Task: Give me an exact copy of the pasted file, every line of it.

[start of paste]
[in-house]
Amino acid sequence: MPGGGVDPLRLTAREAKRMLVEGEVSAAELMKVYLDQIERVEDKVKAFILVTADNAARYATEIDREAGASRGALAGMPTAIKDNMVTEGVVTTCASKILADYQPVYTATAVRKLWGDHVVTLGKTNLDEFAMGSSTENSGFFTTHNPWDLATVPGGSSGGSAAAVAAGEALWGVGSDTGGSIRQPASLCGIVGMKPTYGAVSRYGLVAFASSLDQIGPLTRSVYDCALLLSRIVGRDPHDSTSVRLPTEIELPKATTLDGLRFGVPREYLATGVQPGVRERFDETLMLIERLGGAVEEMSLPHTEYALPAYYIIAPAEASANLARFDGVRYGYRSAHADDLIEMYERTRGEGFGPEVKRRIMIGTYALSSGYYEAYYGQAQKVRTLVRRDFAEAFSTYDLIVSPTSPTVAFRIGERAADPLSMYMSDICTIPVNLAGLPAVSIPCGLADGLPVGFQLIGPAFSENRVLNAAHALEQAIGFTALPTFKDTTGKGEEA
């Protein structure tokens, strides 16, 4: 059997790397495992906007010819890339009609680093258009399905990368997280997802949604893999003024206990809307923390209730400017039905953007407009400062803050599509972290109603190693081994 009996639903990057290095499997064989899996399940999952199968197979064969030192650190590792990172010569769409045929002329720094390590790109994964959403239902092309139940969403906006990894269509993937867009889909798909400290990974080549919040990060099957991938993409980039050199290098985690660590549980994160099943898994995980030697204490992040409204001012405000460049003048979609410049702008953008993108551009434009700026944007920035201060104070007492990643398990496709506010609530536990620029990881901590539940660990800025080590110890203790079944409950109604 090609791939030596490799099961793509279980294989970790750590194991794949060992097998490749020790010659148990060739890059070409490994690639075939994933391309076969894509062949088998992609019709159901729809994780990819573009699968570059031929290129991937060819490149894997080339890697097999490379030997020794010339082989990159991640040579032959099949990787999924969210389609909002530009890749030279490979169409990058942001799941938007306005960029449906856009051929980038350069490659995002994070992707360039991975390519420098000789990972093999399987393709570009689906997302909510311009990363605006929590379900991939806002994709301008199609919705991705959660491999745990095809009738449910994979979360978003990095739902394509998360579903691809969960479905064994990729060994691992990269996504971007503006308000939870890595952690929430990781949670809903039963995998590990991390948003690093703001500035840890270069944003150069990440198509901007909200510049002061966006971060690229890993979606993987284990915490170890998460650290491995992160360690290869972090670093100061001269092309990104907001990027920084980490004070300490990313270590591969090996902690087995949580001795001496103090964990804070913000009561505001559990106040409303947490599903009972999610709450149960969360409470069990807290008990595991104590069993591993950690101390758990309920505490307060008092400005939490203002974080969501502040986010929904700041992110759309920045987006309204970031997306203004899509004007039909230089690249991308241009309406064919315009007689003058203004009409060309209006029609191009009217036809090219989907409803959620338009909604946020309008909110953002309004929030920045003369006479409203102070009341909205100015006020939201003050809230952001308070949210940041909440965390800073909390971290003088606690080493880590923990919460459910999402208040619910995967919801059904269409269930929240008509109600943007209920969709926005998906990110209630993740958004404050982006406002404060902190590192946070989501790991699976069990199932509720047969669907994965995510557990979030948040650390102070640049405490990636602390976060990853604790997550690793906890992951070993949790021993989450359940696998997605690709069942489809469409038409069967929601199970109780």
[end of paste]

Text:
[in-house]
Amino acid sequence: MPGGGVDPLRLTAREAKRMLVEGEVSAAELMKVYLDQIERVEDKVKAFILVTADNAARYATEIDREAGASRGALAGMPTAIKDNMVTEGVVTTCASKILADYQPVYTATAVRKLWGDHVVTLGKTNLDEFAMGSSTENSGFFTTHNPWDLATVPGGSSGGSAAAVAAGEALWGVGSDTGGSIRQPASLCGIVGMKPTYGAVSRYGLVAFASSLDQIGPLTRSVYDCALLLSRIVGRDPHDSTSVRLPTEIELPKATTLDGLRFGVPREYLATGVQPGVRERFDETLMLIERLGGAVEEMSLPHTEYALPAYYIIAPAEASANLARFDGVRYGYRSAHADDLIEMYERTRGEGFGPEVKRRIMIGTYALSSGYYEAYYGQAQKVRTLVRRDFAEAFSTYDLIVSPTSPTVAFRIGERAADPLSMYMSDICTIPVNLAGLPAVSIPCGLADGLPVGFQLIGPAFSENRVLNAAHALEQAIGFTALPTFKDTTGKGEEA
């Protein structure tokens, strides 16, 4: 059997790397495992906007010819890339009609680093258009399905990368997280997802949604893999003024206990809307923390209730400017039905953007407009400062803050599509972290109603190693081994 009996639903990057290095499997064989899996399940999952199968197979064969030192650190590792990172010569769409045929002329720094390590790109994964959403239902092309139940969403906006990894269509993937867009889909798909400290990974080549919040990060099957991938993409980039050199290098985690660590549980994160099943898994995980030697204490992040409204001012405000460049003048979609410049702008953008993108551009434009700026944007920035201060104070007492990643398990496709506010609530536990620029990881901590539940660990800025080590110890203790079944409950109604 090609791939030596490799099961793509279980294989970790750590194991794949060992097998490749020790010659148990060739890059070409490994690639075939994933391309076969894509062949088998992609019709159901729809994780990819573009699968570059031929290129991937060819490149894997080339890697097999490379030997020794010339082989990159991640040579032959099949990787999924969210389609909002530009890749030279490979169409990058942001799941938007306005960029449906856009051929980038350069490659995002994070992707360039991975390519420098000789990972093999399987393709570009689906997302909510311009990363605006929590379900991939806002994709301008199609919705991705959660491999745990095809009738449910994979979360978003990095739902394509998360579903691809969960479905064994990729060994691992990269996504971007503006308000939870890595952690929430990781949670809903039963995998590990991390948003690093703001500035840890270069944003150069990440198509901007909200510049002061966006971060690229890993979606993987284990915490170890998460650290491995992160360690290869972090670093100061001269092309990104907001990027920084980490004070300490990313270590591969090996902690087995949580001795001496103090964990804070913000009561505001559990106040409303947490599903009972999610709450149960969360409470069990807290008990595991104590069993591993950690101390758990309920505490307060008092400005939490203002974080969501502040986010929904700041992110759309920045987006309204970031997306203004899509004007039909230089690249991308241009309406064919315009007689003058203004009409060309209006029609191009009217036809090219989907409803959620338009909604946020309008909110953002309004929030920045003369006479409203102070009341909205100015006020939201003050809230952001308070949210940041909440965390800073909390971290003088606690080493880590923990919460459910999402208040619910995967919801059904269409269930929240008509109600943007209920969709926005998906990110209630993740958004404050982006406002404060902190590192946070989501790991699976069990199932509720047969669907994965995510557990979030948040650390102070640049405490990636602390976060990853604790997550690793906890992951070993949790021993989450359940696998997605690709069942489809469409038409069967929601199970109780």